Similar to Annie, a small (yet existing) part of my self-esteem comes from sexual objectification. However, rather than it being due to a physical neglect of who I am without my body, it is simply because I just like the feeling of being the person in control of what I wear and not caring what others think. I never thought twice about this – regardless of what my body size was or where I was heading to, I tend to wear clothes that aren’t always church appropriate. But, as anecdotes about women who are confident in their bodies go, I was knocked off this pedestal. (TW: SA) After being taken advantage of one night while wearing a very evident pair of shorts, I recall distinctively choosing to wear a pair of baggy Christmas pajama pants the next morning over any shorts I would usually put on. Annie’s words echoed how I felt – “Just moments after feeling empowered and fulfilled I felt horrified, vulnerable and scared.” Without intending to, I had a man take my confidence, respect, and sexuality. It’s just so baffling to me that whether or not an act is consensual, existing in a patriarchal society has forced us to condemn ourselves as women rather than the men at fault.
To feel confident, comes with so much pain. Society brings women down more than it does men and that takes a toll on our mental health and the way we see ourselves. I struggled with confidence most of my life until I didn’t. One day I made the decision to find my true identity and through fashion and style, I felt like myself. Often times though, I felt as though I were being undressed by the eyes of every man who stared into my soul and every inch of my body as I walked through town. Society teaches people that it is okay to put women down and objectify them because they are “asking for it.” Men and women are both eager to be comfortable with their sexualities, but while men get praised, women are looked down on as the author stated, ” The next morning I felt fulfilled and satisfied. But everything changed when I met his roommates. They high-fived him, and cheered him on. But they catcalled me as I exited.” Why is it fair for him to get praised, but not her? They did in fact both have sex yet, she is in the wrong. No, that is what society wants us to believe, but until men begin to see women as human beings and equals, this will be a growing issue.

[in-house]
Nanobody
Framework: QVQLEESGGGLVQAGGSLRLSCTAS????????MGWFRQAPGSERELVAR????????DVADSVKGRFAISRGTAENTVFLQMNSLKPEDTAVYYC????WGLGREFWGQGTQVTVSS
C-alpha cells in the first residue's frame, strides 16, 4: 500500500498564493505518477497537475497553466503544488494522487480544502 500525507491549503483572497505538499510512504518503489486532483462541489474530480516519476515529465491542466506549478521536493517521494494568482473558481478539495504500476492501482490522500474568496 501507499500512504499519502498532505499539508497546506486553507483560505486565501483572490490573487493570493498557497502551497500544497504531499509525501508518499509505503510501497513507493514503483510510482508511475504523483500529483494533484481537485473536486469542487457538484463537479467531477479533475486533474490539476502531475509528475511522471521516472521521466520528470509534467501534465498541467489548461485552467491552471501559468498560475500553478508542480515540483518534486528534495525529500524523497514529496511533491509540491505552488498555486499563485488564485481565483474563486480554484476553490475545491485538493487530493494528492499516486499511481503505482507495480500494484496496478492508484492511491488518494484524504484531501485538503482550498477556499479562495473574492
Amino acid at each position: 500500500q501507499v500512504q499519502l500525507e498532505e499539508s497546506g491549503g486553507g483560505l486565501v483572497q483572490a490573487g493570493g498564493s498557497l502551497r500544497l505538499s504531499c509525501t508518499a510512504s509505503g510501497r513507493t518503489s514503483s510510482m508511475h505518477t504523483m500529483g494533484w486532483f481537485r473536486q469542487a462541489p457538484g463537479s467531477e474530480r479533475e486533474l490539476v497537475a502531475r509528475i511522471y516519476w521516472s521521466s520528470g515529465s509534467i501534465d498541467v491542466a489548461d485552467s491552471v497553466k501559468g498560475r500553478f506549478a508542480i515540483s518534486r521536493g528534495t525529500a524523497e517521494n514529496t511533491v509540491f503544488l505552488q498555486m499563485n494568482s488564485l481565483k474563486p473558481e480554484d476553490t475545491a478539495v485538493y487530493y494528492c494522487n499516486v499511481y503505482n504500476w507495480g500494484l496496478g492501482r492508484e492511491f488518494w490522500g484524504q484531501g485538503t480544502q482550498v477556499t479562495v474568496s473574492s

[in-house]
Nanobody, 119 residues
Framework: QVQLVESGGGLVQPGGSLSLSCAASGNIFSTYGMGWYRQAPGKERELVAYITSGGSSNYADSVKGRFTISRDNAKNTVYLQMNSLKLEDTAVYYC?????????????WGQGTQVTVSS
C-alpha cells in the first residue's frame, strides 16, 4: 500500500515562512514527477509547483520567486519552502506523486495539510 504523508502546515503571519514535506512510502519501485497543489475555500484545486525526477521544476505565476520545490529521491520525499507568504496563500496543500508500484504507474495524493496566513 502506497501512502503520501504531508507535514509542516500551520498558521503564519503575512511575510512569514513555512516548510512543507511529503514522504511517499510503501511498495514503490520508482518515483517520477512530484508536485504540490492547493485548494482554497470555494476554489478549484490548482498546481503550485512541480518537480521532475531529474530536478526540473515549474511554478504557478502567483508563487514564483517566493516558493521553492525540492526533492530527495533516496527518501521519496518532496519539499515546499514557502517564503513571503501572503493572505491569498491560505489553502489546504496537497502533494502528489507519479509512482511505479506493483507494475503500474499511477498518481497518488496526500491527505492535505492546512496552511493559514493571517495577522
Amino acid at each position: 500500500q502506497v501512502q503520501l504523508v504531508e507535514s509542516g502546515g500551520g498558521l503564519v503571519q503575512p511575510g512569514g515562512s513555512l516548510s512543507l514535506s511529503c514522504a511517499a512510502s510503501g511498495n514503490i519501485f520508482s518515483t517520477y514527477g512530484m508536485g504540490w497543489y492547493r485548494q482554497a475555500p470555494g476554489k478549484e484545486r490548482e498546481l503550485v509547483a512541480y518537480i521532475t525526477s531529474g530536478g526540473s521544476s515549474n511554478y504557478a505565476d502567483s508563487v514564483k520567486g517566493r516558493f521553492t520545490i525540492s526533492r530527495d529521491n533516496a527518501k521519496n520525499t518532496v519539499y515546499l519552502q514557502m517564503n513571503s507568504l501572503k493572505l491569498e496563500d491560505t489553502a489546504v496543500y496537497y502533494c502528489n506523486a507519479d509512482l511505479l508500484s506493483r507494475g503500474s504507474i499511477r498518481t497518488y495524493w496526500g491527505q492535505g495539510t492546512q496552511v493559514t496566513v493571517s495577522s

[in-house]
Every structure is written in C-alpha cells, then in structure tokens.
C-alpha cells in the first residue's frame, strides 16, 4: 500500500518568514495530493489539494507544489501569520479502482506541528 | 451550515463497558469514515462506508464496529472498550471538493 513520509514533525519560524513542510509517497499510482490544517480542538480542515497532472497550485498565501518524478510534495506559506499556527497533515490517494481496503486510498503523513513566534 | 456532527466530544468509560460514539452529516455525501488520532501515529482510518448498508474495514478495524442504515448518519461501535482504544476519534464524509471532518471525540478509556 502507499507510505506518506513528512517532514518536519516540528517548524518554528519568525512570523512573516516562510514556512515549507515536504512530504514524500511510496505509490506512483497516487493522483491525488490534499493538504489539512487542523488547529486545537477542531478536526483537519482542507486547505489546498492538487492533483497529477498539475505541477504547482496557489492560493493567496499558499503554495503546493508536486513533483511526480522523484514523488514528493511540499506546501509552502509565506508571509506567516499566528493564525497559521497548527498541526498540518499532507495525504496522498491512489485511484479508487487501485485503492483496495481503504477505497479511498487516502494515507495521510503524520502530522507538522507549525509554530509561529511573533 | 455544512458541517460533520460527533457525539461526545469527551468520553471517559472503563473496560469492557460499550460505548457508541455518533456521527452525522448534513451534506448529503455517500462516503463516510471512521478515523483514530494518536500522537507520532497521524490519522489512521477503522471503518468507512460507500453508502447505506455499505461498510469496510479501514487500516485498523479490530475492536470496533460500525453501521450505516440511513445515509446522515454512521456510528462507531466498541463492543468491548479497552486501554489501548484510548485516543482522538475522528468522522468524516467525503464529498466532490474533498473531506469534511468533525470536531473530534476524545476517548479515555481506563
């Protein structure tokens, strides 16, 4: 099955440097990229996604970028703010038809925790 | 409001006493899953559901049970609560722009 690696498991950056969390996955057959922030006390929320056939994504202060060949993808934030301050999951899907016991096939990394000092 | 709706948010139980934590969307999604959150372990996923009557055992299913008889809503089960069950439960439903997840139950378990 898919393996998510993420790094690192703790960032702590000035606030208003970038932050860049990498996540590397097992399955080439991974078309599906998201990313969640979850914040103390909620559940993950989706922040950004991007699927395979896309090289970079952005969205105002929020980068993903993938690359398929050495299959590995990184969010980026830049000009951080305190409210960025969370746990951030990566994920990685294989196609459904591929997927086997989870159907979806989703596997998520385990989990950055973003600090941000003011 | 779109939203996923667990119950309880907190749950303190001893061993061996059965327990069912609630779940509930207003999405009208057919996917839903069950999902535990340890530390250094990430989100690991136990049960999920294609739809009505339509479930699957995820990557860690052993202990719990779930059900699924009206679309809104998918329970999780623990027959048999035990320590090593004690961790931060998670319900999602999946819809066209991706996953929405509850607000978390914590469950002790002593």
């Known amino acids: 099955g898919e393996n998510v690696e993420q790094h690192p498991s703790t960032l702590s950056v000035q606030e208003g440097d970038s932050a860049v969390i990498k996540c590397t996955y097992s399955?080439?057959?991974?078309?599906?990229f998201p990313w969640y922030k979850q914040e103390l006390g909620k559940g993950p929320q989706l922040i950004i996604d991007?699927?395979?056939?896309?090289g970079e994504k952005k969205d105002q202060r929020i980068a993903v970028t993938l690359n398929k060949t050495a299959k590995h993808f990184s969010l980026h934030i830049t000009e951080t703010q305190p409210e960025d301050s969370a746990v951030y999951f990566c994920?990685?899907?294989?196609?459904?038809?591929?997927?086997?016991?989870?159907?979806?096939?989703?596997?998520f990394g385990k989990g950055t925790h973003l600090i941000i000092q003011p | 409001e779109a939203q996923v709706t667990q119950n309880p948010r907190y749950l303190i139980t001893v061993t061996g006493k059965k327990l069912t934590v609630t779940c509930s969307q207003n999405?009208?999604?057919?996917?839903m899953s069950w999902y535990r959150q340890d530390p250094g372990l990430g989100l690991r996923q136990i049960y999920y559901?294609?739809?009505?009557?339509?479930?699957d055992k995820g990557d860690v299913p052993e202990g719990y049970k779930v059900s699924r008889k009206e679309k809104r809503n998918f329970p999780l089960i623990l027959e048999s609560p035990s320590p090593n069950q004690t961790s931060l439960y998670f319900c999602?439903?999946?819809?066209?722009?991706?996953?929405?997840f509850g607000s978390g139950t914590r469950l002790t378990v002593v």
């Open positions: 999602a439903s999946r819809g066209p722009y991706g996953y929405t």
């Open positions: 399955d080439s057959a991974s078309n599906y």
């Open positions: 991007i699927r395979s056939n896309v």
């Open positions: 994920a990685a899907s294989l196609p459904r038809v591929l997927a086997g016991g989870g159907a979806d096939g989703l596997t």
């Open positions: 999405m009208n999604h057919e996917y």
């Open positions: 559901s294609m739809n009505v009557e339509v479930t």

I remember in middle school I developed early and started to constantly get remarks about my breast and hips. It would make me feel uncomfortable when I would be told about it. Then in high school I began to get told by boys to bend down and grab something that “fell” while they’re friends laughed. I just remember feeling like they saw me as an object and not as their classmate. I grew up feeling so insecure about my body, i would try to wear loose clothing to not show my curves. But now, as a 22 year old woman, I embrace my curves. And when I get told unwanted sexual comments I put people in their place. It’s sad that women have to go through this constantly and a lot of young girls grow up hearing things that make them feel like a sexual object. This post reminded me that I own myself and I own my sexuality no one else does.
The first time I felt objectified was my freshman year in high school. I already had low self-esteem and was not confident in myself. I still remember that day, it was a hot day, and I had a plain t-shirt on and capris. Seeing as I am very curvy the pants clung to every curve. I was walking up to a friend as a group of senior boys walked up behind me and said, “damn that’s a fat ass.” It took me by surprise, and I felt self-conscious enough to grab my sweater and wrap it around my waist. The fact that these boys felt like they had a right to comment on my body made me angry, and it was not the last time I felt that way. I have met other women who felt the same way. Women are not just objectified by the way they look or by their sexual encounters, but by their personalities as well. If a girl seems shy or quiet, she is considered a silent freak in the bed. If she is too confident and dressed a certain way, then she is loose and willing to hook up with anyone. These standards or stereotypes women are put under is demeaning. It makes us feel like we cannot always be true to ourselves and can make us keep our guard up around men. Its like our power has been taken from us, but like the student said, we have to work on “taking back” that power and teach people that women are not those stereotypes and that its not ok to judge us for feeling empowered when we have sexual encounters or if we dress, speak, act a certain way. Respect should always be shown or at the very least just keep your mouths shut and do not say anything at all. Also, that sense of entitlement and presuming men have a right to do what they want when the want. Keep your hands to yourself…always make sure there is consent.